Neighborhood Evolution Through Sustainable Urban AgricultureIntegrated into the artspace, the Life is Art urban farm exists within and around the abandoned properties of our block as a hands-on approach to neighborhood evolution. The seamless introduction of a living, food-producing ecosystem introduces beauty at the center of a blighted environment and begins a ripple effect that addresses equally the human impetus for creativity and sustenance. Self-sustaining and community-based, the urban farm provides the infrastructure to create jobs that don’t feel like work, and make accessible gorgeous food and education (in art, agriculture, ecology and business). All the good things in life.
Three days a week, children from our neighborhood harvest organic herbs and vegetables and deliver them to the city’s finest restaurants. They have ownership of all elements of the process, from planting to tending, harvest, chef negotiations and invoicing. They keep all earnings, and divide profits according to participation.
Our goal is to establish a community driven economy that is sustainable, yet fulfilling of the universal need for beauty, creative process and relationship with nature. We seek to establish an example of how good living can take form in an urban environment and so define a new luxury based not on what can be bought or sold, but on the quality of experience and things made by hand. Thus we fill a gap in the world that serves equally poor and rich.
The farm is a direct expansion of our work in the field of art. We see it, along with the surrounding physical and social environment, as medium for art. Artists can work with the abandoned houses, construction and destruction, the neighborhood community, and the growing of food. All serve as medium for the making of art.LIFE IS ART FARM: THE FACTS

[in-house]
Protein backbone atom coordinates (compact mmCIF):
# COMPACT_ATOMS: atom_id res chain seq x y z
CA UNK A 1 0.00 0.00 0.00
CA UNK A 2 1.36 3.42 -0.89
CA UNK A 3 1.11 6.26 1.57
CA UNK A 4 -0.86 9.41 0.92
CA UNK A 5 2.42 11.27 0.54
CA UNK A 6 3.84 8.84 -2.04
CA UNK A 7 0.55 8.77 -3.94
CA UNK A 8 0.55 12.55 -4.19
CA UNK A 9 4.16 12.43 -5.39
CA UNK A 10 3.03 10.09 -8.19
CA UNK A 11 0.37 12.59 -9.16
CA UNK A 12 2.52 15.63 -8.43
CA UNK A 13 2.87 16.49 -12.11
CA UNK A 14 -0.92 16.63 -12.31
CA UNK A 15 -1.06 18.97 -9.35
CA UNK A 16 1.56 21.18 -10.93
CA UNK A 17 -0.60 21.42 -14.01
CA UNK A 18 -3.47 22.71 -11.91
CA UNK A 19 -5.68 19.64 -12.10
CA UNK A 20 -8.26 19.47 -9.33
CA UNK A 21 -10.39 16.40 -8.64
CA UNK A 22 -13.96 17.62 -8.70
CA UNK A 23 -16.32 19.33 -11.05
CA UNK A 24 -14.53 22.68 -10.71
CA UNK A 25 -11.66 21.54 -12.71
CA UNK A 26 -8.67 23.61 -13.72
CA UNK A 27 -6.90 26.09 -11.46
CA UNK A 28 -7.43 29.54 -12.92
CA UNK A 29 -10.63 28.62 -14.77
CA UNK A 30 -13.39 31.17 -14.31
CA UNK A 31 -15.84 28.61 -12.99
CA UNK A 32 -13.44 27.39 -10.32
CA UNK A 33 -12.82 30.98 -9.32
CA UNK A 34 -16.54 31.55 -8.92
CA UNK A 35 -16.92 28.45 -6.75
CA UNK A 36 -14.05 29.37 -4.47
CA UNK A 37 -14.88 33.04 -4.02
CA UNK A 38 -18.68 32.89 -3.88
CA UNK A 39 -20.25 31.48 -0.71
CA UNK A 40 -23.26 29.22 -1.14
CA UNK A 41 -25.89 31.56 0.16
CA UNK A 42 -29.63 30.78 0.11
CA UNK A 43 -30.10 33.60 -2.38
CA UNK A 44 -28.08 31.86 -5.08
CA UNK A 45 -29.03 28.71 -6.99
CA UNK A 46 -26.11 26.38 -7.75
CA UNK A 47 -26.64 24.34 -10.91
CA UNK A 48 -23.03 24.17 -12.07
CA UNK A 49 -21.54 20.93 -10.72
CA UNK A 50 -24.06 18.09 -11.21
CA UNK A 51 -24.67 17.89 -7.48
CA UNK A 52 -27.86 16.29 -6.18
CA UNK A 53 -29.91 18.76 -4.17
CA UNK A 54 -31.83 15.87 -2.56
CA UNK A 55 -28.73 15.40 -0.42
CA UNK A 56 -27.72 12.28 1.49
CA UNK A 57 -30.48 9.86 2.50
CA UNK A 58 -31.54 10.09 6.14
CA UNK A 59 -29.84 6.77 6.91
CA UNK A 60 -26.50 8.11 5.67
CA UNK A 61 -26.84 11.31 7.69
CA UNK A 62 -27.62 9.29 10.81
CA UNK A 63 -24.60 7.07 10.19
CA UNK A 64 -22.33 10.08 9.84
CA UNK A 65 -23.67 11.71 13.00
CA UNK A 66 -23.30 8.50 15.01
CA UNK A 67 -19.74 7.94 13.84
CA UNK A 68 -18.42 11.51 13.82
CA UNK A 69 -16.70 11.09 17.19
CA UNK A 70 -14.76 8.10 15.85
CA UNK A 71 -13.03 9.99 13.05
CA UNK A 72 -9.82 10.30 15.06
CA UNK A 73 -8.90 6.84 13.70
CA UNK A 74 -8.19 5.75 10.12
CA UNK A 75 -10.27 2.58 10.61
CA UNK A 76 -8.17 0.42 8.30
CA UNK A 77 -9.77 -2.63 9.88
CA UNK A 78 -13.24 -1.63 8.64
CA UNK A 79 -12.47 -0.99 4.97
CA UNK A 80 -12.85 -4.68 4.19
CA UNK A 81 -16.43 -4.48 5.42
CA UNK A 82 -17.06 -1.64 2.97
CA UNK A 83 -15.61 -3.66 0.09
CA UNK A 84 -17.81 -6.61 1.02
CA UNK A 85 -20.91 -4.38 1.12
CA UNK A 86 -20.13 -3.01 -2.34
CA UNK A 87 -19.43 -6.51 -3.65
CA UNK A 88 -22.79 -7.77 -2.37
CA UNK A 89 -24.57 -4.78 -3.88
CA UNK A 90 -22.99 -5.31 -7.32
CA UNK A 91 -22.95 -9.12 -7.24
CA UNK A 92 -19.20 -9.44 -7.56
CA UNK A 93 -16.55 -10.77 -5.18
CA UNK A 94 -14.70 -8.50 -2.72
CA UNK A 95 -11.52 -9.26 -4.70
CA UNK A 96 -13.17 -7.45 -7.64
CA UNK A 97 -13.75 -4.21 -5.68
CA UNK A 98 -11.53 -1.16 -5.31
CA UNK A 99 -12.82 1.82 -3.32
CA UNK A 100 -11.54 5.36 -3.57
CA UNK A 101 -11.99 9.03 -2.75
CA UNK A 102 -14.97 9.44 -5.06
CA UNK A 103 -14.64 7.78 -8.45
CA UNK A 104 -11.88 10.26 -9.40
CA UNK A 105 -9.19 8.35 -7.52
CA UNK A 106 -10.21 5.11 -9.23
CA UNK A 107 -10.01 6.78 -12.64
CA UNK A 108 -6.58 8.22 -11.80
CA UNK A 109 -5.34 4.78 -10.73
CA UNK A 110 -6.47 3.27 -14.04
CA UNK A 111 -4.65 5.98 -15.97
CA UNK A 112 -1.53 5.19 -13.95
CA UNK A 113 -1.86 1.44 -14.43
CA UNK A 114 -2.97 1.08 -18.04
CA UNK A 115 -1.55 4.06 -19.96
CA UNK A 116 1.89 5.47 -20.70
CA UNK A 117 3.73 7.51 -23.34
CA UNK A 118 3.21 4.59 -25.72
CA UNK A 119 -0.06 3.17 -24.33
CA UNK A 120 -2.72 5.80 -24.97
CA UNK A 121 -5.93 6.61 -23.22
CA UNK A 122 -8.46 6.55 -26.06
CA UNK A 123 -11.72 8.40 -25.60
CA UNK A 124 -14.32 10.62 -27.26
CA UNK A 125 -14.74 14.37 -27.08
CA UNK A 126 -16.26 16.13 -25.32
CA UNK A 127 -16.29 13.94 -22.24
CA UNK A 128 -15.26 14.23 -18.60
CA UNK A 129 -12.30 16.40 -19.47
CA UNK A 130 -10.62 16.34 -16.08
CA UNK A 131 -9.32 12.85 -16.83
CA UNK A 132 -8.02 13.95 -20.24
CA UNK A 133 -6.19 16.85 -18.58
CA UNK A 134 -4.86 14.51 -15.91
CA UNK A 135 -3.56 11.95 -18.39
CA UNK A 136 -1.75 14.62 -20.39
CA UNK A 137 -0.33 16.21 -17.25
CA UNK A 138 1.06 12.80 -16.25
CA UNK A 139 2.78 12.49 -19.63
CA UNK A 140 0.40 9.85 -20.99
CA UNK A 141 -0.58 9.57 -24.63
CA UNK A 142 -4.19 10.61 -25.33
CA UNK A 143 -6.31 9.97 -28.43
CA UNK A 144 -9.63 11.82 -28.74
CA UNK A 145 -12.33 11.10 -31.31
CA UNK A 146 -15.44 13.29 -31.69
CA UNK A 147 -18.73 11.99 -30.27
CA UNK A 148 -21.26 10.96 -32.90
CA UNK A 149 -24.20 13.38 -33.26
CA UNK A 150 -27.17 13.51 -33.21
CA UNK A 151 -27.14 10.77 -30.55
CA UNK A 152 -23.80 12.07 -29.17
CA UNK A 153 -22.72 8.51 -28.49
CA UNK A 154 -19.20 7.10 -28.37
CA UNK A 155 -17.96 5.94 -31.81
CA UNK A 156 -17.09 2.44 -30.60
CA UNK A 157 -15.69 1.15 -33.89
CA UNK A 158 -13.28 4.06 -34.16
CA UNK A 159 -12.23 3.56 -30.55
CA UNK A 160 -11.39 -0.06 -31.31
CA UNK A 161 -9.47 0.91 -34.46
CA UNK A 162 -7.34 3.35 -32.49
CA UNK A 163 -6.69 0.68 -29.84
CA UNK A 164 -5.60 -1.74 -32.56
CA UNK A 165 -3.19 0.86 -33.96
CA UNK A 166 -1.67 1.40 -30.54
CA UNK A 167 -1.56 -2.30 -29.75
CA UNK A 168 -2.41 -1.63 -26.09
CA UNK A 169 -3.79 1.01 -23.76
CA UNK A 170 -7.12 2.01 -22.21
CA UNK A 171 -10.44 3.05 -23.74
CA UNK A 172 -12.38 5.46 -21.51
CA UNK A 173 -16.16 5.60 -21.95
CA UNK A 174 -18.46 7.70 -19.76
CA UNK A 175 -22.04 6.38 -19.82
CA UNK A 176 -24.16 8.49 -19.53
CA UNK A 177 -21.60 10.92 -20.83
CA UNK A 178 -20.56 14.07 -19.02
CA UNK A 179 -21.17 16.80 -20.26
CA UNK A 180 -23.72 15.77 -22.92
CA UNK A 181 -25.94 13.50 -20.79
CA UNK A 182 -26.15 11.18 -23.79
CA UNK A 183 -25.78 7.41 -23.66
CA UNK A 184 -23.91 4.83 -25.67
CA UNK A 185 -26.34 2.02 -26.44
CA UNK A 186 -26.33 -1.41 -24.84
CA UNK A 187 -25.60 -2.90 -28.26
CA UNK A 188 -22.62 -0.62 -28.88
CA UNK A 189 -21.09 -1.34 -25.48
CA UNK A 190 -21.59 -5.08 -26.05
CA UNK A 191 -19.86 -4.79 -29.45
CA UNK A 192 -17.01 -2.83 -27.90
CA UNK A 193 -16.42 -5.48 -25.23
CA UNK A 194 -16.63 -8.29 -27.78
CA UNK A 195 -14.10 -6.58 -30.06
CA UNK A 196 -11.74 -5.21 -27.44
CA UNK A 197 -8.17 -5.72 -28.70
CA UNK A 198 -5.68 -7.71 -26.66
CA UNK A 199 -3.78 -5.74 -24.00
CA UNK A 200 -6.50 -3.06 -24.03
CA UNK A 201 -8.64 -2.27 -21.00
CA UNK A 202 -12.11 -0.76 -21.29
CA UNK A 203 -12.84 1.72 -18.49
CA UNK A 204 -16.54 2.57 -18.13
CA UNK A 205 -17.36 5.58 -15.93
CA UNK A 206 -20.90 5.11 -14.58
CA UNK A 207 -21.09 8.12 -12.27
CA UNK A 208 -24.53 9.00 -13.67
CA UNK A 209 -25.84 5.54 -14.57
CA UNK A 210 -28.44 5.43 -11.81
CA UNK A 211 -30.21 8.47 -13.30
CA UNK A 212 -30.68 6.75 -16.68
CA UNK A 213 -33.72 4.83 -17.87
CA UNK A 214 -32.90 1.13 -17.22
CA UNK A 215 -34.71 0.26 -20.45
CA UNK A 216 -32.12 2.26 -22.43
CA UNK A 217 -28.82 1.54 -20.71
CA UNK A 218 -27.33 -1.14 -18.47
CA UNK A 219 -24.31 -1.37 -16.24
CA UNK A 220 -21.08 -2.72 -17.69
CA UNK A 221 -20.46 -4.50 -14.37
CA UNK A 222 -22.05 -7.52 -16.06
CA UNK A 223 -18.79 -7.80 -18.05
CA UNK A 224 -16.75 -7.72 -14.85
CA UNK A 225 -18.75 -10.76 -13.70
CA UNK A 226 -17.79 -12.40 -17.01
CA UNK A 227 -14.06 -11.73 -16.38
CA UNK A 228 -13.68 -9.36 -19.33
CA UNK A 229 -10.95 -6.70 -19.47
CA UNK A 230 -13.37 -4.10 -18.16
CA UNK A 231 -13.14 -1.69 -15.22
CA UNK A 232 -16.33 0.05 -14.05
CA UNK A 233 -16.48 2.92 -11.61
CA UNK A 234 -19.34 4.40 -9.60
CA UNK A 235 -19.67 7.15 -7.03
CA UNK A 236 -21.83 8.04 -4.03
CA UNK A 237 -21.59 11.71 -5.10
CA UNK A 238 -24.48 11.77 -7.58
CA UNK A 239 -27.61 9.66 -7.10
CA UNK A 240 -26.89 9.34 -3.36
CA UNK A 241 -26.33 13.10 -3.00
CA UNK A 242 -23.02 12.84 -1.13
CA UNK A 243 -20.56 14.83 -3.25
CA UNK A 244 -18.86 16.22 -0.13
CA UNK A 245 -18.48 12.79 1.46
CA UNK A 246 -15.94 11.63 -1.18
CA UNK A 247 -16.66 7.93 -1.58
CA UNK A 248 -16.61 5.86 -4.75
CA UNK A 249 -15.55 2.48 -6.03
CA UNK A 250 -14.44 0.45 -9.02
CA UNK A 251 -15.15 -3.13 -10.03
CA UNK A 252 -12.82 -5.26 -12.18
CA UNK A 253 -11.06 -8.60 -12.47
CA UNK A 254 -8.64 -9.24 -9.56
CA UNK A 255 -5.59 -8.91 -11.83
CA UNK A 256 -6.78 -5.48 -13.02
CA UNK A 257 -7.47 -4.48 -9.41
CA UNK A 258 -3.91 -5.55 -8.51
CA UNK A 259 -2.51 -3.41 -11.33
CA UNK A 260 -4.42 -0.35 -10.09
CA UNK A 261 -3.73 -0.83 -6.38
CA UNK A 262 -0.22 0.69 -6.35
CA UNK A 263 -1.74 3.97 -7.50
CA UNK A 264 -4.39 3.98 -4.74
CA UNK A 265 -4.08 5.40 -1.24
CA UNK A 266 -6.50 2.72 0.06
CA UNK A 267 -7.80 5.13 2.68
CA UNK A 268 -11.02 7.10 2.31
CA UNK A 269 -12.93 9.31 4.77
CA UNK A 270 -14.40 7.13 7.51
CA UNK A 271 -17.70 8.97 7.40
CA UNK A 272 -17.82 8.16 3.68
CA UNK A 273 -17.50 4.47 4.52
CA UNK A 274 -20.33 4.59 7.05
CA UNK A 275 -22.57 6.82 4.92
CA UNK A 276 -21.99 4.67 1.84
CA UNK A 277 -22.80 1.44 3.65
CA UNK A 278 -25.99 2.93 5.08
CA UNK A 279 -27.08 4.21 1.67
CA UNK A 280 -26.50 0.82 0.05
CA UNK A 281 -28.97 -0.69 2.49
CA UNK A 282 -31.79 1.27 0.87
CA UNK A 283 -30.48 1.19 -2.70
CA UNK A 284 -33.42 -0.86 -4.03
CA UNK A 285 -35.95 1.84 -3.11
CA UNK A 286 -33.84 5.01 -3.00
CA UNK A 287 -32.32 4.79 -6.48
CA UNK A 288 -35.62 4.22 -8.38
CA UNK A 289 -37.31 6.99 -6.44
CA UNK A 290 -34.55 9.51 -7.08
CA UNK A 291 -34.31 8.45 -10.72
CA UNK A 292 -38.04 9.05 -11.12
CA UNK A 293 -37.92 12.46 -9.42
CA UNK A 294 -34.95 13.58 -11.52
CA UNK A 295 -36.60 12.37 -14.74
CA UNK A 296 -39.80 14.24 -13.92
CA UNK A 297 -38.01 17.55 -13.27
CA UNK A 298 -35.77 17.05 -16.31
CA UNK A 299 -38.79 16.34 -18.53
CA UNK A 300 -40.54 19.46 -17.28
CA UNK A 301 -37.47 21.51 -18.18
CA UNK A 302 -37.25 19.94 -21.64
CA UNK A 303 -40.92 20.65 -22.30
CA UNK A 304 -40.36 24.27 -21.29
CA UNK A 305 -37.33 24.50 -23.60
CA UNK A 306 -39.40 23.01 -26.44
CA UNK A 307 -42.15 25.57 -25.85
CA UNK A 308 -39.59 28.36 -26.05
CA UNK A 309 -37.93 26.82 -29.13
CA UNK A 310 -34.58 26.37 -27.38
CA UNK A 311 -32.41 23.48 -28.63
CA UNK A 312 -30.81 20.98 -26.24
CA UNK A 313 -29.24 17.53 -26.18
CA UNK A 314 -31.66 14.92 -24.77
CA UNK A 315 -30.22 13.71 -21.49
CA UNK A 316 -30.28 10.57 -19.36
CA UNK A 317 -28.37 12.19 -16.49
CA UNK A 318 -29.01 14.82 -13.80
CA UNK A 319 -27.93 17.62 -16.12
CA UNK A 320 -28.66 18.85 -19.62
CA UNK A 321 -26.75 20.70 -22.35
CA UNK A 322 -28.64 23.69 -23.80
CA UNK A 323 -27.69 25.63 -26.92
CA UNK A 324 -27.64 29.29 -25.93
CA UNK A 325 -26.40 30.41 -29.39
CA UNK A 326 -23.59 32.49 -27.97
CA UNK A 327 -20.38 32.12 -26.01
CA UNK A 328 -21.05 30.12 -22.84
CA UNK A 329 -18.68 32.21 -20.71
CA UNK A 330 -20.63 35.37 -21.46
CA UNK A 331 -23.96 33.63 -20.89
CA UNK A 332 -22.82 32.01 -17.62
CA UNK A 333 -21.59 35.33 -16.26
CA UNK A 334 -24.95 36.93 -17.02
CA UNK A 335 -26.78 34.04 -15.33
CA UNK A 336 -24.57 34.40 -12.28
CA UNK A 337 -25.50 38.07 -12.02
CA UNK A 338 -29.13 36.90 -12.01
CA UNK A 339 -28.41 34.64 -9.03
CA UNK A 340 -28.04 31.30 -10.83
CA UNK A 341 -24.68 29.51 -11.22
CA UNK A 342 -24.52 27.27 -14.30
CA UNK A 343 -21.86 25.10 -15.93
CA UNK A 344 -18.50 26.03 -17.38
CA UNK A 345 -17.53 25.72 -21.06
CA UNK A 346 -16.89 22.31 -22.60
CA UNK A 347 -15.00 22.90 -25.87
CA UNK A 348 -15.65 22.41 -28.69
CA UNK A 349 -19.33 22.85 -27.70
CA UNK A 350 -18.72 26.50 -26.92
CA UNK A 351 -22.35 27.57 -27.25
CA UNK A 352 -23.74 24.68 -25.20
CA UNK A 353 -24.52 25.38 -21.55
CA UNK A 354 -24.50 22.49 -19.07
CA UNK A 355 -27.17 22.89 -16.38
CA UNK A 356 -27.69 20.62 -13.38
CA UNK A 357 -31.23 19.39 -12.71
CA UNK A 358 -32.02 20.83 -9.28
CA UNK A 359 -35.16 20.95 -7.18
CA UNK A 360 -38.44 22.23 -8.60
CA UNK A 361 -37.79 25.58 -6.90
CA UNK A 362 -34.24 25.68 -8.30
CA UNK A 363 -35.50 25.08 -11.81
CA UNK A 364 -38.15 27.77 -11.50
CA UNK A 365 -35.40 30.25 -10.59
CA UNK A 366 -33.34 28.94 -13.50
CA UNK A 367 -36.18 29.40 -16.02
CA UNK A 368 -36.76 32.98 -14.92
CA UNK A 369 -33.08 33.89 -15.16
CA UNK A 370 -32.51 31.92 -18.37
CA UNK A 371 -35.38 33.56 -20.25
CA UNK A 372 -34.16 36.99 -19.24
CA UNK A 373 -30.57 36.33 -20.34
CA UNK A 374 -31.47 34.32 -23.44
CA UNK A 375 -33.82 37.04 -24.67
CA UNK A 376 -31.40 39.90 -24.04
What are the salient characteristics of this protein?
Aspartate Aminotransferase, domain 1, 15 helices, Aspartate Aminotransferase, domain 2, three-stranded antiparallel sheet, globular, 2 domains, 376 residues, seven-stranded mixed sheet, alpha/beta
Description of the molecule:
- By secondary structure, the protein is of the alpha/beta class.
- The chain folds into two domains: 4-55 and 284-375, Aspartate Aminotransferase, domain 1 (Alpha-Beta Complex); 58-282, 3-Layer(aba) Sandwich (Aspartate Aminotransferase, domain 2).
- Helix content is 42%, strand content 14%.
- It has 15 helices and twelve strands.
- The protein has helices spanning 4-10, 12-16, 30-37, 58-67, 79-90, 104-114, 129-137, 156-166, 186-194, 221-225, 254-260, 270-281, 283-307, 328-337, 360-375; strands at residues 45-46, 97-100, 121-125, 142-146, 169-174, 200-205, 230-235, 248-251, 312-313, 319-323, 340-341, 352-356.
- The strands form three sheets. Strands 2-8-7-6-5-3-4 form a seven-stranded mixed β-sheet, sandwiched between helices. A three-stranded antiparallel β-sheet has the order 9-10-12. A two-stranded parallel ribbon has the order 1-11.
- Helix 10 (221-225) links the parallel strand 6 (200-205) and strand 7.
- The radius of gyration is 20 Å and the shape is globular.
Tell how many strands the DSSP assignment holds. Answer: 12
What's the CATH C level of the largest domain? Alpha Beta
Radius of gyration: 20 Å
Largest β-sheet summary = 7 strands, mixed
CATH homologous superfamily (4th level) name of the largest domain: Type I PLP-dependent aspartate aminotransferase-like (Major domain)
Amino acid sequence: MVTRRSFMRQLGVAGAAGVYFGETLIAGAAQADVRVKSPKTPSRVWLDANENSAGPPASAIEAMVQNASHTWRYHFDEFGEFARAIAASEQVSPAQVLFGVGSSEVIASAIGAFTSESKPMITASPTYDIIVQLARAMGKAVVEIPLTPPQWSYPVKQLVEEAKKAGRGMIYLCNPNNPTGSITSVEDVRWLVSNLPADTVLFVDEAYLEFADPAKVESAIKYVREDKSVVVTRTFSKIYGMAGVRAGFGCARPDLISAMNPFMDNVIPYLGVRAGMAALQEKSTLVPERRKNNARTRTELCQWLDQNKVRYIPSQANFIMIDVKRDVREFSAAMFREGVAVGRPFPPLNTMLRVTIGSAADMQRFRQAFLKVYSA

Our project is unique in that it marries the most divergent elements in culture and reinvigorates them through art. The Facts of the Life is Art Farm:
1. People in St Roch are deeply cool.
2. There are talented community members who want to work and succeed, who are excited to participate in positive efforts.
3. There were no fresh fruit and vegetables in the neighborhood- just fast food, boxed food, greasy Chinese food at the corner.
4. The urban farming movement needs an upgrade. It will benefit from a glamorous and edgy reinterpretation.
5. The slow-foods approach to growing and cooking could use some momentum in New Orleans. Why not have the finest of what western culture has come to understand find expression in the most shunned and forgotten portion of the city?
6. With an abundance of time and creativity resulting, ironically, from social and economic disenfranchisement, people in St Roch are in the best position to create and live out such a vision.
7. St Roch is full of empty lots and blighted architecture. Perfect!
8. Art benefits from expansion into new contexts and mediums. Let farming and social problems be a medium for the making of art!
9. It is far out when a giant eggplant grows out of nowhere and appears suddenly on a bush! Everybody responds to this!
10. Humans, and especially artists, have ego problems that result in hang-ups with class strata. Let’s get over them by connecting to something greater than ourselves (living things, the seasons, the land).
11. And so dissolve barriers through work that enriches and connects us.FARM AS ART
Our heroes were those who took ownership of the museum and made it more site-specific, more sacred, bringing to the world a height of sensibility through the architecture and energy of a space- the Beyeler, Noguchi, Cy Twombly at the Menil, Donald Judd’s Marfa.
When we failed to raise the 2 million dollars for our own pristine temple to installation art, we began to use an abandoned neighborhood. Thus, quite by accident, Life is Art began with an exit from the perfection of a formal museum.
This mishap has become an inspirational force. Now our minds are open and we realize the entire theatre of life is medium for the making of art. We also see how art benefits from a challenging space. Every element of reality can be engaged by the artist- living, edible plants as easily as an abandoned neighborhood. What is done with the harvest, the empty field, the new seeds, is art as well. It is for the artist to discover how.
Social problems are an even more challenging medium. How can the integrity of artwork be maintained alongside an overwhelming message of positive social evolution? We grant that it is a quagmire to embody artistic quality while performing positive social work (all of the minimalists and most great artists have avoided it) and thus it is a challenge we are happy to offer. Proposals may be submitted by mail (without our signature required) or most effectively, by showing up.xo, Life is Art Foundation